A fourth level of private label watches might be defined which were made to give the average buyer the impression that they were made by someone else. These usually have custom plate designs and a watch company name (other than the movement manufacturer's). Burlington Watch Co. belongs here, along with Santa Fe Watch Co. (both by Illinois). I don't think I would include Waltham's Equity Watch Co. watches as these were for an anonymous arm of the Waltham Watch Co. rather than made for another retailer.


Category V
In this group (maybe a special subgroup of IV) would be Ball Watch Co. watches (not those that were merely jeweler-labeled for Ball's store), and the special movements that Waltham made for E. Howard & Co. and later Keystone-Howard. These watches had some finishing and adjusting performed by their contractor. Both of these examples also included special serial numbering for the contractor.

----------

Just for fun, I offer this Category V/I watch -- a contract watch made by Waltham for E.Howard & Co and provided with a P/L dial by Howard for Benedict Bros. of New York -

View attachment 266368 View attachment 266369
 
Last edited:

Nick23

Registered User
Jul 21, 2009
475
415
63
England
Country
I think this would fit into one of your early catagories. A model 1908 with it's own grade of 621. 500 hunter and 250 open faced movements. This company is still trading in Bolton, Lancashire.
DSCF0195.JPG DSCF0193.JPG DSCF0194.JPG
 

Dave Chaplain

NAWCC Member
Feb 16, 2001
2,171
34
48
sites.google.com
Country
I find it ludicrous to see the term OEM applied to the watch industry as it existed back in the late 19th Century and 20th Century. And making a verb out of OEM ("OEM'd) makes one wonder what is happening to the language!!
I've been using the term OEM in my business from my start (mid-80's), which is to design, build, sell and resell computer and telecommunications equipment and services. The way the term OEM is used in my business aligns itself very well to the watch manufacturing, wholesale and retail business, from about 1650 to 1950. My business uses the term "OEM'd", conversationally, to describe that some OEM relationship exists. I mostly choose to write as I converse. I'm not here for a grammar lecture, or for a character assessment. There's obviously little common ground here among the loudest voices. Call whatever you want to call what you want to call it (lol).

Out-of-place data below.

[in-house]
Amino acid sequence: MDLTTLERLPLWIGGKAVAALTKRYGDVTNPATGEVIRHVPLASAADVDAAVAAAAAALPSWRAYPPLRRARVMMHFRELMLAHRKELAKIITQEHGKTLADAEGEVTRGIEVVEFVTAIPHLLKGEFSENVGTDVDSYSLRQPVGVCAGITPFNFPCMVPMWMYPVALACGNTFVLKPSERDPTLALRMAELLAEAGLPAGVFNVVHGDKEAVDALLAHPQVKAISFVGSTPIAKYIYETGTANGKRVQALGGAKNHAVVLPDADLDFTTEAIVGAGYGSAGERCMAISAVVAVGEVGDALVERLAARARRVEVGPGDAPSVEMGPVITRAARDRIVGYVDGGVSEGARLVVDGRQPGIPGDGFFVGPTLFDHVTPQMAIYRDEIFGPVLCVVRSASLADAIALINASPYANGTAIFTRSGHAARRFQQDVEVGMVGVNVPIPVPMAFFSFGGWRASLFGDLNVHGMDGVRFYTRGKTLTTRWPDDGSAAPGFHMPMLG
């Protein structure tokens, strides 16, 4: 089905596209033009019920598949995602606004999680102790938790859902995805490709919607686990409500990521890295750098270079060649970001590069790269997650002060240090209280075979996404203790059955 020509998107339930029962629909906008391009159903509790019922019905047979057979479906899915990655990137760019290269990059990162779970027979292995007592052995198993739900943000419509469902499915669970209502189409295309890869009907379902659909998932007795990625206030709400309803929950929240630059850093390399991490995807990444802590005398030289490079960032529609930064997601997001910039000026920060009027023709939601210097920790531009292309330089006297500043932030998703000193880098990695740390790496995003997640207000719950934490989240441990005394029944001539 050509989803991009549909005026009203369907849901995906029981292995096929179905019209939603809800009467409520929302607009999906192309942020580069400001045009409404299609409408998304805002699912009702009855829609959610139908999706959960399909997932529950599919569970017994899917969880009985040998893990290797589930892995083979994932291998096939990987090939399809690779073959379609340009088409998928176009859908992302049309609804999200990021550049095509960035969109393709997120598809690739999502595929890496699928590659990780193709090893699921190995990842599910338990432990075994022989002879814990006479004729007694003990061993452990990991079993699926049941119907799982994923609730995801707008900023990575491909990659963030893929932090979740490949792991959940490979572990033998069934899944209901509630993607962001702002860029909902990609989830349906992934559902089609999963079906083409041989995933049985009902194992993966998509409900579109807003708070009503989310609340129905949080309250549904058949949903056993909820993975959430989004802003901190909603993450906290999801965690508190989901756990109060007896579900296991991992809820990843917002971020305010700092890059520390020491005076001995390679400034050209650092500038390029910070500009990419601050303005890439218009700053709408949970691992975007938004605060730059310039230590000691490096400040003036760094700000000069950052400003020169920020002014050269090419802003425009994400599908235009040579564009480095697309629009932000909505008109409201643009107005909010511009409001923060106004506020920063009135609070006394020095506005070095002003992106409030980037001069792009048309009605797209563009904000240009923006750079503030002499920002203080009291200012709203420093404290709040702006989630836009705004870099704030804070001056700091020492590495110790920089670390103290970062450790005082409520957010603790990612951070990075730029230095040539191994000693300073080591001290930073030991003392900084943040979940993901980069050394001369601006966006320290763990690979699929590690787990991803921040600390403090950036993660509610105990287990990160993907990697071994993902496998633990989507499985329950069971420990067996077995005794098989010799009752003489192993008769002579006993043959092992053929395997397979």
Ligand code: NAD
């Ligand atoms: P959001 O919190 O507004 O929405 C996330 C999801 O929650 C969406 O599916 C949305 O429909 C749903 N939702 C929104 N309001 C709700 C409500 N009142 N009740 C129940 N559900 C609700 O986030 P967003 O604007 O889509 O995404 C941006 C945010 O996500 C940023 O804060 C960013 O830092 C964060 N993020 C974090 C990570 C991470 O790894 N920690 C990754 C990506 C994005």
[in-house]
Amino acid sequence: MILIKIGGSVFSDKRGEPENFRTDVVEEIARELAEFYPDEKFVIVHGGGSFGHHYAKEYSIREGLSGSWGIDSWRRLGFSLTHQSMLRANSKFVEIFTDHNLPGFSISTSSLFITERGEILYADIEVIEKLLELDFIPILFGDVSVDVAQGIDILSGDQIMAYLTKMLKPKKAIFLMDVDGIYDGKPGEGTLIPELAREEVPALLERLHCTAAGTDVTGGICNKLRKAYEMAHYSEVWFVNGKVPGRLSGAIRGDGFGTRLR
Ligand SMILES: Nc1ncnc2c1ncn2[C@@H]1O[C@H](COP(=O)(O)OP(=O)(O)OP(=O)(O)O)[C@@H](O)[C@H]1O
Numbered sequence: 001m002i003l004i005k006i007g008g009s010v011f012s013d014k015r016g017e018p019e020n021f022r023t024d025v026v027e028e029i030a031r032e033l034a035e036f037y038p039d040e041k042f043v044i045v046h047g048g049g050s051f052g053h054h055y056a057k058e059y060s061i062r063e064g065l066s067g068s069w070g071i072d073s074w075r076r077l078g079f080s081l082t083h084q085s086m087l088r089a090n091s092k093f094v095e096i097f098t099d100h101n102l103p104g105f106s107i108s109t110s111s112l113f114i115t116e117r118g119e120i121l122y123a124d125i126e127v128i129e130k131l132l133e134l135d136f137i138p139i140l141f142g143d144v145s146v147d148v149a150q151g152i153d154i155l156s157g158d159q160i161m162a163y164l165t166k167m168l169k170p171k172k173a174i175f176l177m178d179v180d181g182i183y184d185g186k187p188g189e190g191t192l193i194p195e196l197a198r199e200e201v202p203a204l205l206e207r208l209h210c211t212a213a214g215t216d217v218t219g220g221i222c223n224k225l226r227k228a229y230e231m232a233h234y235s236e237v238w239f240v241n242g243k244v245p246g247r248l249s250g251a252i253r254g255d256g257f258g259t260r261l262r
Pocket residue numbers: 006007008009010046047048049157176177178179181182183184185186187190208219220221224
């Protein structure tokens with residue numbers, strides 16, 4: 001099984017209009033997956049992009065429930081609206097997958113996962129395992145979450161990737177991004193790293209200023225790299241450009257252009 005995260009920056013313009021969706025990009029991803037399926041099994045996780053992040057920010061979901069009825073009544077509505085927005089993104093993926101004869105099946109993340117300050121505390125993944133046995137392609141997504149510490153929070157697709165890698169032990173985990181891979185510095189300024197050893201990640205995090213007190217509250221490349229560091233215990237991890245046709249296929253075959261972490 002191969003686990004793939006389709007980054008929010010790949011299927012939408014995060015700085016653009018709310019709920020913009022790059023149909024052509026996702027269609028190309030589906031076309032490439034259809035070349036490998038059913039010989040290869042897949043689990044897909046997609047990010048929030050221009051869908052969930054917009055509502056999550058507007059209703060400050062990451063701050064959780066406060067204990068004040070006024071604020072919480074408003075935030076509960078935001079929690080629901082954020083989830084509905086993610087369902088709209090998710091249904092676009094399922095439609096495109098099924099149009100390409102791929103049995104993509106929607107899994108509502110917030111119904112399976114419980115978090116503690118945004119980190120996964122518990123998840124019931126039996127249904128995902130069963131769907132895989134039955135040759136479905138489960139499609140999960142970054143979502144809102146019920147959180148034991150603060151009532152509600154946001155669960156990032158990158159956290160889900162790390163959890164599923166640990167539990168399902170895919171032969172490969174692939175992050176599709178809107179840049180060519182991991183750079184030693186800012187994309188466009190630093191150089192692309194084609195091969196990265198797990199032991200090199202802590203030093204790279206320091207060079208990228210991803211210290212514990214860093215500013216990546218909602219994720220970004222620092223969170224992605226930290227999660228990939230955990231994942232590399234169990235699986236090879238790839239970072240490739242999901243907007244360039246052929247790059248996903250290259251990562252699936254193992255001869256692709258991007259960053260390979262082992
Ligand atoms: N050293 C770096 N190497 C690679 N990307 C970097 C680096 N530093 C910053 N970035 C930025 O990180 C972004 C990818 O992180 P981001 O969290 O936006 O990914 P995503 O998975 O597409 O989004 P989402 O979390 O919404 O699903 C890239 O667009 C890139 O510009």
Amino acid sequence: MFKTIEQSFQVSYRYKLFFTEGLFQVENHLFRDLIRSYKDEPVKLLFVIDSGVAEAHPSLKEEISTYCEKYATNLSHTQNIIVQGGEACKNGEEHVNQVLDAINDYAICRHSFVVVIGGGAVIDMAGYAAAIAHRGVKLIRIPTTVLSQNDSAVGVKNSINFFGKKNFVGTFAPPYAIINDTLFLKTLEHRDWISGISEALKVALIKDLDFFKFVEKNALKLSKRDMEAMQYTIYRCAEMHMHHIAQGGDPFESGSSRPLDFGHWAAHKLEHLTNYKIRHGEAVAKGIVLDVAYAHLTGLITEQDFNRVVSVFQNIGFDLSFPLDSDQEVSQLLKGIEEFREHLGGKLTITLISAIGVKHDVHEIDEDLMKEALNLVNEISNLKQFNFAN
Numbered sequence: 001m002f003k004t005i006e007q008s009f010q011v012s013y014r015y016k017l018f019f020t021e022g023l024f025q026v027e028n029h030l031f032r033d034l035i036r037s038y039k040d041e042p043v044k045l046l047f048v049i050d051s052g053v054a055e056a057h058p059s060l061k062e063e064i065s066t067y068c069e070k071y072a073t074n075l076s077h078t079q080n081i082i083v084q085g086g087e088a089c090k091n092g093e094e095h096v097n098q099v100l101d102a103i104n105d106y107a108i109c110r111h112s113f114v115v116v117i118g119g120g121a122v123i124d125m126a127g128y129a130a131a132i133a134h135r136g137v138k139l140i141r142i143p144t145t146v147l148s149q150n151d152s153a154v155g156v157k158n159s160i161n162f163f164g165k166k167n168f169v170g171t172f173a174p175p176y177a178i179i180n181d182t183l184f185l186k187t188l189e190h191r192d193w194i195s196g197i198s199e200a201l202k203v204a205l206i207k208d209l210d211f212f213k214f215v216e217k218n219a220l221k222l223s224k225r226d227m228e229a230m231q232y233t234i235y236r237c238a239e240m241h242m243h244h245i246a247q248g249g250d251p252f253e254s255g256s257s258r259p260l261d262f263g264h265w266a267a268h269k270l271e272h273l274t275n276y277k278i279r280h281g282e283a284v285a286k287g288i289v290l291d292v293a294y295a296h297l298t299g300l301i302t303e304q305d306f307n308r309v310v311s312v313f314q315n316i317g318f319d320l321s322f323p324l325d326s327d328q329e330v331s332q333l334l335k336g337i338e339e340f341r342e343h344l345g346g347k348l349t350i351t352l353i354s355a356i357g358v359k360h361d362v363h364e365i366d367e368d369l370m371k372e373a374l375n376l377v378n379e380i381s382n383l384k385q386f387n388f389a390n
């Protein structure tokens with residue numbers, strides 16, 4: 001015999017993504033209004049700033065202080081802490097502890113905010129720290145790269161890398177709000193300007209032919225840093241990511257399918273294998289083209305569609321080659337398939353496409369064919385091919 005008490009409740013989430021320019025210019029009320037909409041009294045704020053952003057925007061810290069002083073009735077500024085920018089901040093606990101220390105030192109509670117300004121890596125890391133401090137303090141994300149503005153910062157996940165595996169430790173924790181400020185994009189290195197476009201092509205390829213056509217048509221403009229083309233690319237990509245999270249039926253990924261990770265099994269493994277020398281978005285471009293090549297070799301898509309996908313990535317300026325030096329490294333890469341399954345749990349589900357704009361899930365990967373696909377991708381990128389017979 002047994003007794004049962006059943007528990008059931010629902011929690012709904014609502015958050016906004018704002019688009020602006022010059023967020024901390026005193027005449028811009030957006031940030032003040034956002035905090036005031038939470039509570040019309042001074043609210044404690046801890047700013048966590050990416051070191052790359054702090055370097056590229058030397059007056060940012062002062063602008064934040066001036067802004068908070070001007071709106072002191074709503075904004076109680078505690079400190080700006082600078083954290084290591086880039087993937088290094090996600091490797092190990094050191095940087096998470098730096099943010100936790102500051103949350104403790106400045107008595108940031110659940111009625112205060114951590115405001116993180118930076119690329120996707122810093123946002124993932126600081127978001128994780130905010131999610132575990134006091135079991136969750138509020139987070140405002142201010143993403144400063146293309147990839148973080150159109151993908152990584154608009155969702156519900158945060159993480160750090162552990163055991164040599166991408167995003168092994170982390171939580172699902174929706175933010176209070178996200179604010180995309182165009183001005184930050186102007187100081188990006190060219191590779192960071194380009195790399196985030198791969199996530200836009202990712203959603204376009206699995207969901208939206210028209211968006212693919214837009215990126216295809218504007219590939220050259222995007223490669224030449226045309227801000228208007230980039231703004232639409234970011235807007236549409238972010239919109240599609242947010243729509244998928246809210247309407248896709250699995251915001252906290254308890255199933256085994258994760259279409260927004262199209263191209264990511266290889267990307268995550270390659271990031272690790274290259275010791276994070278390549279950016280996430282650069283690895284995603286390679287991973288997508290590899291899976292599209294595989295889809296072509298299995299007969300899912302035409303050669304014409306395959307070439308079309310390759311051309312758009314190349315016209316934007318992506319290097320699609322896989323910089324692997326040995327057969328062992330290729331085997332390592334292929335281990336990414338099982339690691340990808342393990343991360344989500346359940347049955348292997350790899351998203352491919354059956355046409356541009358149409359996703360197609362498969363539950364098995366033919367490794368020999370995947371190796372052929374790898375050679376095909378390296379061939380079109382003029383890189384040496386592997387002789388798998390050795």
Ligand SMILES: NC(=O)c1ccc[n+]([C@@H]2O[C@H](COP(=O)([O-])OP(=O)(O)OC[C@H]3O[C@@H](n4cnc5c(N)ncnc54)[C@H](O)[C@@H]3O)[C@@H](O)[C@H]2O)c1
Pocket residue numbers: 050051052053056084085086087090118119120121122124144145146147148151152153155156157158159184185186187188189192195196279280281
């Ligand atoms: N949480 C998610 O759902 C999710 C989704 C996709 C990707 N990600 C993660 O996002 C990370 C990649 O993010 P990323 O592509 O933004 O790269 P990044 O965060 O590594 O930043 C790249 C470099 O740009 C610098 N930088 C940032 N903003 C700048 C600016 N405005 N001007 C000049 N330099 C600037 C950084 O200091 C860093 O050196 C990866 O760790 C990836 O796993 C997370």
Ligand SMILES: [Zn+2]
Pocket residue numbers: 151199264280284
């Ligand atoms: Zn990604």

Last edited:

Jerry Treiman

NAWCC Member
Golden Circle
Aug 25, 2000
6,868
3,307
113
Los Angeles, CA
Country
Region
I think this would fit into one of your early catagories. A model 1908 with it's own grade of 621. 500 hunter and 250 open faced movements. This company is still trading in Bolton, Lancashire.
Yes, I would put that in my proposed Category II. Thanks for sharing it.
 

Larry Treiman

Registered User
Jan 18, 2009
3,290
73
48
So. Calif.
[EXCERPTED] I mostly choose to write as I converse. I'm not here for a grammar lecture, or for a character assessment. There's obviously little common ground here among the loudest voices. Call whatever you want to call what you want to call it (lol).

Thanks, Dave, for your comments. I think that your choosing to write as you converse is probably true for many here, maybe for a vast majority for all I know! And it has nothing to do with grammar or the character of the writers.

Many of us are here on this MB for the purpose of communicating information on horology.....or maybe just for entertainment and laughs! To be able to communicate effectively, whether to provide the information or to understand it, we need to have a common ground in the form of at least an understanding of the basic terminology of horology, just as you have to know the "jargon" of "compukers" (that is what I often choose to call them) and telecommunications. Otherwise we are all just wasting our time on this message board!

If all of us availed ourselves of your advice to "call whatever [we] want to call what [we] want to call it (lol)", it might result in a lot of laughing out loud, but it would be detrimental to the exchange of information. As an "aside", does anyone here remember when lol used to have an entirely different meaning, as in "lolits"?